Additionally, according to the prize's site, any licensed architect may submit a nomination to the Executive Director for consideration by the jury for the Pritzker Architecture Prize. Nominations are accepted through November 1 of any given year.

2010 Jury Members:

Lord Peter Palumbo, 2005-present (Chair)
Alejandro Aravena, 2009-present
Rolf Fehlbaum, 2004-present
Carlos Jimenez, 2001-present
Juhani Pallasmaa, 2009-present
Renzo Piano, 2006-present
Karen Stein, 2004-present
Martha Thorne, 2005-present (Executive Director)

Pritzker Prize winners
Philip Johnson (1979) · Luis Barragán (1980) · James Stirling (1981) · Kevin Roche (1982) · I. M. Pei (1983) · Richard Meier (1984) · Hans Hollein (1985) · Gottfried Böhm (1986) · Kenzo Tange (1987) · Gordon Bunshaft / Oscar Niemeyer (1988) · Frank Gehry (1989) · Aldo Rossi (1990) · Robert Venturi (1991) · Álvaro Siza Vieira (1992) · Fumihiko Maki (1993) · Christian de Portzamparc (1994) · Tadao Ando (1995) · Rafael Moneo (1996) · Sverre Fehn (1997) · Renzo Piano (1998) · Norman Foster (1999) · Rem Koolhaas (2000) · Herzog & de Meuron (2001) · Glenn Murcutt (2002) · Jørn Utzon (2003) · Zaha Hadid (2004) · Thom Mayne (2005) · Paulo Mendes da Rocha (2006) · Richard Rogers (2007) · Jean Nouvel (2008) · Peter Zumthor (2009)

A Investigator guide to Buenos Aires' architecturual buildings

Buenos Aires' neighborhoods offer an impressive sampling of the city's heritage and utopian ambitions.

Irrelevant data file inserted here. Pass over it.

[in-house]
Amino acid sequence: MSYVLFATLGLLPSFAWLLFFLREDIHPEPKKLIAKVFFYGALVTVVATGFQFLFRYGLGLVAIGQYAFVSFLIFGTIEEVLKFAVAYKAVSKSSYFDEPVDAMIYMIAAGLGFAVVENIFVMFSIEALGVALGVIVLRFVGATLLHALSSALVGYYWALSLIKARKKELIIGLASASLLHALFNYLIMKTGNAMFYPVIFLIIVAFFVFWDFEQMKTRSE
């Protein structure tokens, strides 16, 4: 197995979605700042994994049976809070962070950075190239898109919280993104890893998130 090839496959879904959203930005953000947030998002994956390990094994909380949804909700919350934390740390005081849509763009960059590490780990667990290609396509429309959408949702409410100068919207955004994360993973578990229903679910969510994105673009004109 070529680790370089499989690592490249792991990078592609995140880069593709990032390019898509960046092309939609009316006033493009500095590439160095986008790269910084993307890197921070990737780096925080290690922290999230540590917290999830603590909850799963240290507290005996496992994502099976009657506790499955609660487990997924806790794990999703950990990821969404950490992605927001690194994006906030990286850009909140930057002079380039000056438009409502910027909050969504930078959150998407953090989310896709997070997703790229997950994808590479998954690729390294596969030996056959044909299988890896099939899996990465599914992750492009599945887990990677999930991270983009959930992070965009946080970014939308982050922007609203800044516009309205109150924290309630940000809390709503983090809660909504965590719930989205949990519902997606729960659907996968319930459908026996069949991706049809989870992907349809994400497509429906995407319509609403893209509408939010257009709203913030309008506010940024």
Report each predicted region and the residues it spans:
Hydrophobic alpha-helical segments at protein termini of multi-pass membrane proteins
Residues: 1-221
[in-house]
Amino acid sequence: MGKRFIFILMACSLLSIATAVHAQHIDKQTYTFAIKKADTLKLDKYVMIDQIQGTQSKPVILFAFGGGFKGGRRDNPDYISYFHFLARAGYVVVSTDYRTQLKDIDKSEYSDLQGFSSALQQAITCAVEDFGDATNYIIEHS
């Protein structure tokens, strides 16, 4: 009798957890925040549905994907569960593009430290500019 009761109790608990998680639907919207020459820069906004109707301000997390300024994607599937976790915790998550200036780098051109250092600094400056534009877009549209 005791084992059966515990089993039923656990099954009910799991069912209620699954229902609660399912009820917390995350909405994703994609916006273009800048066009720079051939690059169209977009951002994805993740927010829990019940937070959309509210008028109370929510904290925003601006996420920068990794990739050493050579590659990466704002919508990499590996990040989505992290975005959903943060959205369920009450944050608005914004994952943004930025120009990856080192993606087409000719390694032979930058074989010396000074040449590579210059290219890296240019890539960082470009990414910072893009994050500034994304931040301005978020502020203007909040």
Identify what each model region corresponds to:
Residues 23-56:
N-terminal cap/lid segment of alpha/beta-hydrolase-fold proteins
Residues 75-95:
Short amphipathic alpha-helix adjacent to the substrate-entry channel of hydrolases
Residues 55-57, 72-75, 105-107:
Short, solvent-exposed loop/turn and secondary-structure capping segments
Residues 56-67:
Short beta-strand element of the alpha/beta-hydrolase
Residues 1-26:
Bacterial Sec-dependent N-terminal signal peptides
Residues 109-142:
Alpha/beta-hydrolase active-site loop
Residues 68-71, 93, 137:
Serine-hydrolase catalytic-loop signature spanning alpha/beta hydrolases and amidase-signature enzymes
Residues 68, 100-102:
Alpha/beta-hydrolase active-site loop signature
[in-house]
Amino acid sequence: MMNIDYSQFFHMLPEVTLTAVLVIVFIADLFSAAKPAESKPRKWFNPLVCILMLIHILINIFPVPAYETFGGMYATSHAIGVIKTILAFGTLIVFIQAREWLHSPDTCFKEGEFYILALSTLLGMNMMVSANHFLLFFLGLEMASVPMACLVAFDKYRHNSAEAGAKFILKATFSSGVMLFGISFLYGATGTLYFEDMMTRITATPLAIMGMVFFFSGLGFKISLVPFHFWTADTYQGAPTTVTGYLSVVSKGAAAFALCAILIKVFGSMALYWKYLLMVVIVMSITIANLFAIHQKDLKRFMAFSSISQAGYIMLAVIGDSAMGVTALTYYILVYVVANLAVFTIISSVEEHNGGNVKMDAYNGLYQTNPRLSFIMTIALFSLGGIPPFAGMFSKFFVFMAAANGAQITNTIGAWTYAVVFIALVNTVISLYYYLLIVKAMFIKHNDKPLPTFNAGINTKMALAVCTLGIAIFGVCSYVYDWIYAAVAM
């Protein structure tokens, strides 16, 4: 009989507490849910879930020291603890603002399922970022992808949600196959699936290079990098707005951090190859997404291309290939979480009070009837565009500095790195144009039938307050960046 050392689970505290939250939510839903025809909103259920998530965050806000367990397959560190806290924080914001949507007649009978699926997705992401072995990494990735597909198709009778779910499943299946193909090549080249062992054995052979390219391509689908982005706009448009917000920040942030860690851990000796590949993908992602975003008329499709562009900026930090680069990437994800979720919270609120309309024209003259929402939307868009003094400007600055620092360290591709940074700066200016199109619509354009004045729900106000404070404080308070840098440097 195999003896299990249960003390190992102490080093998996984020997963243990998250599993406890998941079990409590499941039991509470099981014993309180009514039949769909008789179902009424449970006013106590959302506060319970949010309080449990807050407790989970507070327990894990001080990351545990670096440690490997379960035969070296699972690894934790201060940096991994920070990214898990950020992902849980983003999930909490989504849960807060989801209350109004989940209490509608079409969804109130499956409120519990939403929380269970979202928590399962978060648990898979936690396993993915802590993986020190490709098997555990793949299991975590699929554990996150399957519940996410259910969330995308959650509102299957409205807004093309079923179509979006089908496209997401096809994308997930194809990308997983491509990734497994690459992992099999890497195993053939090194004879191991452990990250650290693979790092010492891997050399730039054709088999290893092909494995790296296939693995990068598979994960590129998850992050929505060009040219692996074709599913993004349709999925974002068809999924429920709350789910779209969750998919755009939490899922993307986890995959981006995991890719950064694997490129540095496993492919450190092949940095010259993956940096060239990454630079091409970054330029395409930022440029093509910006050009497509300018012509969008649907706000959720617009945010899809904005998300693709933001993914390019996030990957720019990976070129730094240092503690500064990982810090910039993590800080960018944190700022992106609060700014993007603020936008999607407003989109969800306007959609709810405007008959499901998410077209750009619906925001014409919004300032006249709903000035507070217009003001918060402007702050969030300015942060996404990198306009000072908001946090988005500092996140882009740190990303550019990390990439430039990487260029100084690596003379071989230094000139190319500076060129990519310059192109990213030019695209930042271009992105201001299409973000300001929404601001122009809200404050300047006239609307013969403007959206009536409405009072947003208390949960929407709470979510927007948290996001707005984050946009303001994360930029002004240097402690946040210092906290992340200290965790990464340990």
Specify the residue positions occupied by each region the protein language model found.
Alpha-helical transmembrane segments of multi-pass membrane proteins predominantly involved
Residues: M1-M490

A French neoclassical building on Avenida Independencia in Buenos Aires. (Julia Kumari Drapkin/GlobalPost)

BUENOS AIRES, Argentina — Wander the neighborhoods of Buenos Aires and it's hard not to wonder about the mix of architecture. The house next door, the corner pizza parlor, even parking garages have features that tickle the curiosity.

Most are artifacts of the city's building boom from 1880 through the 1920s, when Buenos Aires was one of the world's richest, fastest growing cities. The capital was a blank canvas and its architects wanted to create their dream city at the beginning of a brand new century.
The resulting architectural styles reflect the utopian ambitions of the designers as well as their immigrant heritage. At the height of the great European migration to Argentina in 1914, 30 percent of the population was foreign born. Neighborhood architects built in their own styles flavored by their home country or that of their patron.